EVOLVEing past Cinacalcet

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One of the regular criticisms of nephrology is the lack of good quality randomized controlled trials. This is particularly the case in the world of renal bone disease where we target surrogate endpoints without necessarily knowing for certain what the effect this has on the most important outcome – patient survival. The EVOLVE trial was once such trial which examined the role of cinacalcet in preventing all-cause and cardiovascular mortality. The results of this trial were somewhat ambiguous in that the overall results were negative but this could have been affected by the slightly older age of the treatment group (after adjustment for age, there was a benefit to cinacalcet). There was, however, a wonderful rebuttal to this particular argument in a letter to the editor published later in the NEJM by Giovanni Tripepi.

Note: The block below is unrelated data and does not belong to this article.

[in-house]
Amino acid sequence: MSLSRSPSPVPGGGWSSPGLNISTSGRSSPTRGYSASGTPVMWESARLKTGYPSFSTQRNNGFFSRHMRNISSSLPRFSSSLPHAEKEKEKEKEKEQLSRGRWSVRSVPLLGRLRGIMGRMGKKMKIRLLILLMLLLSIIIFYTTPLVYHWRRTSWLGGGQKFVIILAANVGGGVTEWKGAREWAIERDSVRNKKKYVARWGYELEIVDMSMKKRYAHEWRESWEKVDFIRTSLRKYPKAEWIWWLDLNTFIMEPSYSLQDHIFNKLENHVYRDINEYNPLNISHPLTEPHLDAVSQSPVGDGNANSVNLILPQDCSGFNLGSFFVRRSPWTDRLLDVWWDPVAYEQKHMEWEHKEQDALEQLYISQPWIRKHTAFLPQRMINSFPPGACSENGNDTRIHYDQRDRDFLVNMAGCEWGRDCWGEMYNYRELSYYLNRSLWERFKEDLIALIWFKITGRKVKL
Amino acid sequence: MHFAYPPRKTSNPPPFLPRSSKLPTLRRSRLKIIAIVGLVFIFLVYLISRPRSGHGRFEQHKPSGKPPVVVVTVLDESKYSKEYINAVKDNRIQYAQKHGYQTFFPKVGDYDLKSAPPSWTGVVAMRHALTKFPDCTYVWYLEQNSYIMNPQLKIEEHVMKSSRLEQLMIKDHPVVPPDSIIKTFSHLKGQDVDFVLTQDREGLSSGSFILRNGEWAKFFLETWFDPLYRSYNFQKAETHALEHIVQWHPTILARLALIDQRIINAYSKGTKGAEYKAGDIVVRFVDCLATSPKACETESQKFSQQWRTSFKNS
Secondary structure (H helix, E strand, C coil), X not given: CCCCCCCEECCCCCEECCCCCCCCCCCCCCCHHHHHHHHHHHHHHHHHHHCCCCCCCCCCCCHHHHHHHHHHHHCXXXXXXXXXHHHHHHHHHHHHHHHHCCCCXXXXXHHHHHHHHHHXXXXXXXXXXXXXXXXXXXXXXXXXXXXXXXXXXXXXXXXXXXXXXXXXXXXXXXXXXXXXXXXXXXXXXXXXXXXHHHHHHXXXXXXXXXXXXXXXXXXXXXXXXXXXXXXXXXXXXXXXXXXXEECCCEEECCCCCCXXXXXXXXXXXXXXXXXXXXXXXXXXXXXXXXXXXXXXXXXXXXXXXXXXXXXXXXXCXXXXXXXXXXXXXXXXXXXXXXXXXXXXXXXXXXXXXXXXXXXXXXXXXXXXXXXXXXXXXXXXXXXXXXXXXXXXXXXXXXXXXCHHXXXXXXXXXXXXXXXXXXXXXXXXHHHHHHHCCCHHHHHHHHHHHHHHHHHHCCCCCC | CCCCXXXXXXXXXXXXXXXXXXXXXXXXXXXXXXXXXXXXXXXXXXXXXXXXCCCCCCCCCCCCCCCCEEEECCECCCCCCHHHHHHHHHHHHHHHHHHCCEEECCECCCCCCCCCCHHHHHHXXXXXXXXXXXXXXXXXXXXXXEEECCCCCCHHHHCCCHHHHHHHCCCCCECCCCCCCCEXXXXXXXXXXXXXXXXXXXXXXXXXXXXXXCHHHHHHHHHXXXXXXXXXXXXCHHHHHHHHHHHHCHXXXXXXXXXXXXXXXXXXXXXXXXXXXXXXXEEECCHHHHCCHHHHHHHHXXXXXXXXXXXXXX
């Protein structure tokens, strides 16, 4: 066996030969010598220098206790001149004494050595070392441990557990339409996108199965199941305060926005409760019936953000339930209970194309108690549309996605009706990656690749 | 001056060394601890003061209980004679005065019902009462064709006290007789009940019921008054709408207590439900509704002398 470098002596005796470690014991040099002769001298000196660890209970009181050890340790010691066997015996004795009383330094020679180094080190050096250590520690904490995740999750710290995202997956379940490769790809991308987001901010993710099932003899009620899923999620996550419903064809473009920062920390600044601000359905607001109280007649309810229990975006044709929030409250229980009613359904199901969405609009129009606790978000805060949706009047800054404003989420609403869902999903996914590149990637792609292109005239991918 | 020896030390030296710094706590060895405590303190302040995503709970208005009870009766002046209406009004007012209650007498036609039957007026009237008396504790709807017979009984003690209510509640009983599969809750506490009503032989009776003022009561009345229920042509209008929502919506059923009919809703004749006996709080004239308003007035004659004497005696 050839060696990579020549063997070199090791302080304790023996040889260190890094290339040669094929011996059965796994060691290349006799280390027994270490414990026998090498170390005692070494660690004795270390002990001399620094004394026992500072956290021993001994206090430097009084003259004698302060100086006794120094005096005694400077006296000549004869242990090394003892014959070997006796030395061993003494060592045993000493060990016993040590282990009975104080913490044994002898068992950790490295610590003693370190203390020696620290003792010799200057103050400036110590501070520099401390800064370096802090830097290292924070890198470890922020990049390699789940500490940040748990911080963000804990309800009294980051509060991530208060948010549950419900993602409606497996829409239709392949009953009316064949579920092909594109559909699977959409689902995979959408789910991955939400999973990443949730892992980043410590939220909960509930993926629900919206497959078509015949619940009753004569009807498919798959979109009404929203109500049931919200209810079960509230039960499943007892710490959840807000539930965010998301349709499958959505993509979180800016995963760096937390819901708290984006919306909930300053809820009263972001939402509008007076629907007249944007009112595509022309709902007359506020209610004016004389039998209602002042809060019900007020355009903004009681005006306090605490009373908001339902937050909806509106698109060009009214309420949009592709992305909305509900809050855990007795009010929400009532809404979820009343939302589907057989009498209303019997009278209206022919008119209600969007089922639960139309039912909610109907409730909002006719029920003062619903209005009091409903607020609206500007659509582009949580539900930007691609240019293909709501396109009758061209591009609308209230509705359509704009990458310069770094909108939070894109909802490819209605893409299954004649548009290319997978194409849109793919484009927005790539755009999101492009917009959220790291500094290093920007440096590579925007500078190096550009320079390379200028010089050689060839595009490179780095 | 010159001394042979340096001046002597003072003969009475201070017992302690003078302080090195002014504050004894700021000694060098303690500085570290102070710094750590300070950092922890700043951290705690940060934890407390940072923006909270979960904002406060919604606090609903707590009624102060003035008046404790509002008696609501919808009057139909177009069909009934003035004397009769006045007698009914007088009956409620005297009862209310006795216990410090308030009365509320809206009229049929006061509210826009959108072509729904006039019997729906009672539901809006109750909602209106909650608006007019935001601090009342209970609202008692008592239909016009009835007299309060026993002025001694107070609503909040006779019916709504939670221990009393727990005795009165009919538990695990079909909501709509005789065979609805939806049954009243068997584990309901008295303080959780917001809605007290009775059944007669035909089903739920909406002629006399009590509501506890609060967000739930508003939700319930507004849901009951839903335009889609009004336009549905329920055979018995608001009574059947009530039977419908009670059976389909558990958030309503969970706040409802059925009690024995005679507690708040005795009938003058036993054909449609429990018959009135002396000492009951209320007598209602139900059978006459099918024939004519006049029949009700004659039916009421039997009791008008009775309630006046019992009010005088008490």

Overall, the number needed to treat to prevent a single death was 500 and this is balanced by a 62% drop-out rate in the treatment group. There was also a lower rate of parathyroidectomy in the treatment group.

Last month NDT published and ERA-EDTA position statement on the use of calcimimetics in patients on dialysis. Based on a meta-analysis (which was largely derived from the EVOLVE trial), they made the definitive statement that cinacalcet should not be used in patients on dialysis to reduce cardiovascular or all-cause mortality. Further, they pointed out that although the original trials showed that PTH could be successfully lowered using these drugs and that this could reduce the rate of parathyroidectomies, there is no evidence that this has any benefits either beyond the prevention of surgery. They called for a randomized trial of parathyroidectomy vs. cinacalcet for the treatment of intractable hyperparathyroidism with hard endpoints. I second that call.

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